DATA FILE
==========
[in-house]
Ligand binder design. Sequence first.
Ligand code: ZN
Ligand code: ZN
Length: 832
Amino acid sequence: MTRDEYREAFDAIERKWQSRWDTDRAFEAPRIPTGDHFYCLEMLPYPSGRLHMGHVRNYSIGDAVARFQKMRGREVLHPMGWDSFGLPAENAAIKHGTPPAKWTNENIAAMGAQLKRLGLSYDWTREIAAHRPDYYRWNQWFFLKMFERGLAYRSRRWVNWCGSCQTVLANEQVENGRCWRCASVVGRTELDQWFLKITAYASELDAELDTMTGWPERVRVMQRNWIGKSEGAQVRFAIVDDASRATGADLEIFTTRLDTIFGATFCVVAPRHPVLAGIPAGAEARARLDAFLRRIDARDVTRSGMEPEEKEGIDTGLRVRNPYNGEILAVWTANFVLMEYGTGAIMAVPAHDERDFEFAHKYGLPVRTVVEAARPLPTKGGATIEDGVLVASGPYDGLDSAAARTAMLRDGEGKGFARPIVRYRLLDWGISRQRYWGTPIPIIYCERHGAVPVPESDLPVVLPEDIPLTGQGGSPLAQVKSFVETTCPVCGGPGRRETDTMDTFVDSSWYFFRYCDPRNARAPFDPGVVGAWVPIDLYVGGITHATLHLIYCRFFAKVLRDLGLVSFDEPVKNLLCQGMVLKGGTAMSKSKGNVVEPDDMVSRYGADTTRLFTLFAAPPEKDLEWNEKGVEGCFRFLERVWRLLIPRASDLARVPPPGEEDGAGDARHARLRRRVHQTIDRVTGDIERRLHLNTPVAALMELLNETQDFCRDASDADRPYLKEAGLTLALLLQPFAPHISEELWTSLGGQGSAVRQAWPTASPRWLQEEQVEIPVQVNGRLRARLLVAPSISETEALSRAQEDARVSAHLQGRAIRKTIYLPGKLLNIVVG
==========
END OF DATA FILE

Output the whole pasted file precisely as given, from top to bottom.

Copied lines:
[in-house]
Ligand binder design. Sequence first.
Ligand code: ZN
Ligand code: ZN
Length: 832
Amino acid sequence: MTRDEYREAFDAIERKWQSRWDTDRAFEAPRIPTGDHFYCLEMLPYPSGRLHMGHVRNYSIGDAVARFQKMRGREVLHPMGWDSFGLPAENAAIKHGTPPAKWTNENIAAMGAQLKRLGLSYDWTREIAAHRPDYYRWNQWFFLKMFERGLAYRSRRWVNWCGSCQTVLANEQVENGRCWRCASVVGRTELDQWFLKITAYASELDAELDTMTGWPERVRVMQRNWIGKSEGAQVRFAIVDDASRATGADLEIFTTRLDTIFGATFCVVAPRHPVLAGIPAGAEARARLDAFLRRIDARDVTRSGMEPEEKEGIDTGLRVRNPYNGEILAVWTANFVLMEYGTGAIMAVPAHDERDFEFAHKYGLPVRTVVEAARPLPTKGGATIEDGVLVASGPYDGLDSAAARTAMLRDGEGKGFARPIVRYRLLDWGISRQRYWGTPIPIIYCERHGAVPVPESDLPVVLPEDIPLTGQGGSPLAQVKSFVETTCPVCGGPGRRETDTMDTFVDSSWYFFRYCDPRNARAPFDPGVVGAWVPIDLYVGGITHATLHLIYCRFFAKVLRDLGLVSFDEPVKNLLCQGMVLKGGTAMSKSKGNVVEPDDMVSRYGADTTRLFTLFAAPPEKDLEWNEKGVEGCFRFLERVWRLLIPRASDLARVPPPGEEDGAGDARHARLRRRVHQTIDRVTGDIERRLHLNTPVAALMELLNETQDFCRDASDADRPYLKEAGLTLALLLQPFAPHISEELWTSLGGQGSAVRQAWPTASPRWLQEEQVEIPVQVNGRLRARLLVAPSISETEALSRAQEDARVSAHLQGRAIRKTIYLPGKLLNIVVG